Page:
Median follow-up was 33.9 months (range, 5.4-75 mo) for living patients. A total of 23 patients (30.3%) died during the study period, with median survival of 9.6 months (range, 1.6-44.5 mo). In the study population, mean survival time was 52.8 ± 3.8 months (95% CI, 45.4-60.2 mo) and the cumulative 1- and 5-year OS rates were 80.7% and 63.2%, respectively. Of study patients, 36.4%, 28.8%, and 30.8% with favorable, intermediate, and unfavorable cytogenetic status died, respectively, during the study period. The survival distributions for patients with favorable, intermediate, and unfavorable cytogenetic status are compared in Figure 3. Patients with favorable, intermediate, and unfavorable cytogenetic status showed OS of 46.6 ± 10.4 months (95% CI, 26.2-66.9 mo), 54.6 ± 4.4 months (95% CI, 45.9-63.2 mo), and 36.9 ± 5.9 months (95% CI, 25.4-48.5 mo), respec-tively, with no significant differences shown between groups (log-rank chi-square test 0.430; P = .807).
The MRD statuses of 60 patients were known. At the end of the study period, 75.8% of patients with CR MRD-positive status and 70.4% of patients with CR MRD-negative status remained alive. Figure 4 shows a comparison of survival of patients in CR with respect to MRD status. The overall time until relapse was 47.8 ± 6.2 months (95% CI, 35.8-59.9 mo) in the CR MRD-positive patients and 54.4 ± 6.1 months (95% CI, 42.6-66.3 mo) in CR MRD-negative patients, with no significant difference shown between these groups (log-rank chi-square test 0.614; P = .433; Figure 4A). The OS time was 48.4 ± 5.8 months (95% CI, 37.1-59.7) in CR MRD-positive patients and 54.7 ± 5.9 months (95% CI, 43.1-66.2 mo) in CR MRD-negative patients (log-rank chi-square test 0.763; P = .382). The 1- and 5-year OS rates were 84.2% and 50.6%, respectively, in CR MRD-positive patients and 88.1% and 68.7%, respectively, in CR MRD-negative patients (not significant; Figure 4B).
Patients who developed GVHD had similar OS versus patients who did not develop the disease (47.0 ± 5.7 vs 57.2 ± 4.6 mo; log-rank chi-square test 2.48; P = .115). Patients with chronic extensive GVHD had similar OS versus patients who had no GVHD or acute GVHD (49.3 ± 4.6 vs 58.2 ± 5.7 mo; log-rank chi-square 1.218; P = .27).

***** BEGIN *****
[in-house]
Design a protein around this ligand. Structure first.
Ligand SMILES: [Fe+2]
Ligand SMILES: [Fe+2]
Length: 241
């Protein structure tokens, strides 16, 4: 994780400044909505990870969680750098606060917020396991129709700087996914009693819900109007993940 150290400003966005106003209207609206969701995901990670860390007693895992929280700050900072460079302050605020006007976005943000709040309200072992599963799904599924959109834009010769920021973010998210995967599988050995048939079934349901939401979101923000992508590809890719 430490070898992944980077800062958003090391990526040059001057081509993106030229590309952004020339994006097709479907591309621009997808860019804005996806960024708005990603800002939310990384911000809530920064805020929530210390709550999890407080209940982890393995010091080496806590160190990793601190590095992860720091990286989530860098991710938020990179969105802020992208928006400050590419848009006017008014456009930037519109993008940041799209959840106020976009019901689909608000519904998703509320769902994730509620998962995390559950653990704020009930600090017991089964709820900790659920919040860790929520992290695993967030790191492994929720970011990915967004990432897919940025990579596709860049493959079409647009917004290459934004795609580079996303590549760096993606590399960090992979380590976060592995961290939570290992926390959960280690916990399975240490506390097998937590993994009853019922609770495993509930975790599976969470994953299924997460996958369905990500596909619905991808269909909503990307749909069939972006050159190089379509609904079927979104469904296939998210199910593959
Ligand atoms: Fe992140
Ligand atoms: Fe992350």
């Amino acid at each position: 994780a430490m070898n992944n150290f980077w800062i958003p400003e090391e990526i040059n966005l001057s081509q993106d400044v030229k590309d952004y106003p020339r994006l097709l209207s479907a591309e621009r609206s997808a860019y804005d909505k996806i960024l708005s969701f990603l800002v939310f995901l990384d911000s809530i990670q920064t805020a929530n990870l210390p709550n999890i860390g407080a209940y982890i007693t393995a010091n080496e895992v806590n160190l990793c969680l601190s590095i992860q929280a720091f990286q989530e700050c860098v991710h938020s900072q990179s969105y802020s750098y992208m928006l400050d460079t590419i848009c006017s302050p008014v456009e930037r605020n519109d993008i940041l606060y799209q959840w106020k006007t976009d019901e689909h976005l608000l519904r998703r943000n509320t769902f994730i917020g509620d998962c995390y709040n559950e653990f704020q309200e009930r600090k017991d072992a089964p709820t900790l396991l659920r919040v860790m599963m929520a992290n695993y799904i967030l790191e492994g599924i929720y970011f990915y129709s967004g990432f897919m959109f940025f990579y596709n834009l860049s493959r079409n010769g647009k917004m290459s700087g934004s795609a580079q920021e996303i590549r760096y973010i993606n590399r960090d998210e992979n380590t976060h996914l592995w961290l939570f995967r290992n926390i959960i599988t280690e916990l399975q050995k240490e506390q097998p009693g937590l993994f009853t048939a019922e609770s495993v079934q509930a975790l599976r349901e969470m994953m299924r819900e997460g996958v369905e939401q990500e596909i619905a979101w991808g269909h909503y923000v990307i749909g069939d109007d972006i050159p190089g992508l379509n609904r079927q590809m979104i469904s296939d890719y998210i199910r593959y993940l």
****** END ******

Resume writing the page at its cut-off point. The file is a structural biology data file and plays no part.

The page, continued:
A total of 66.7% of patients with progressive disease before transplant died during the study period, and 27.1% of patients with CR died. The mean OS was 11.3 ± 2.9 months for patients with progressive disease and 55.2 ± 3.8 months for patients with CR (log-rank chi-square test 7.802; P = .005).
The pretransplant therapy protocols are shown in Table 2. A total of 41 patients (53.9%) received consolidation treatment, and 13 (31.7%) died; 10 of the remaining 35 patients (28.6%) who did not receive consolidation therapy died (P = .483). Based on Kaplan-Meier analysis, the mean survival time was 52.6 ± 5.0 months (95% CI, 42.7-62.4 mo) for patients who received consolidation therapy and 44.2 ± 4.4 months (95% CI, 35.6-52.8 mo) for patients who did not receive consolidation therapy (no significant difference; log-rank chi-square test 0.007; P = .932). To analyze the additive effect of consolidation on survival, patients who received only induction and consolidation therapy and patients who received reinduction were compared. Eight of 21 patients (38.1%) who received induction and consolidation therapy died, whereas none of the 7 patients who received reinduction treatment died (P = .018) during the study period. When patients who received induction + consolidation + fludarabine-cytarabine (FLAG) treatment (n = 21) were compared with patients who only received induction + FLAG (n = 6) with respect to survival, in both groups, 33.3% of patients died (P = .695), and mean OS in the induction + consolidation + FLAG group was 50.2 ± 13.4 months (95% CI, 23.9-76.3 mo). The mean OS was 43.1 ± 5.5 months (95% CI, 32.4-53.9 mo) in the induction + FLAG group (log-rank chi-square 0.035; P = .852).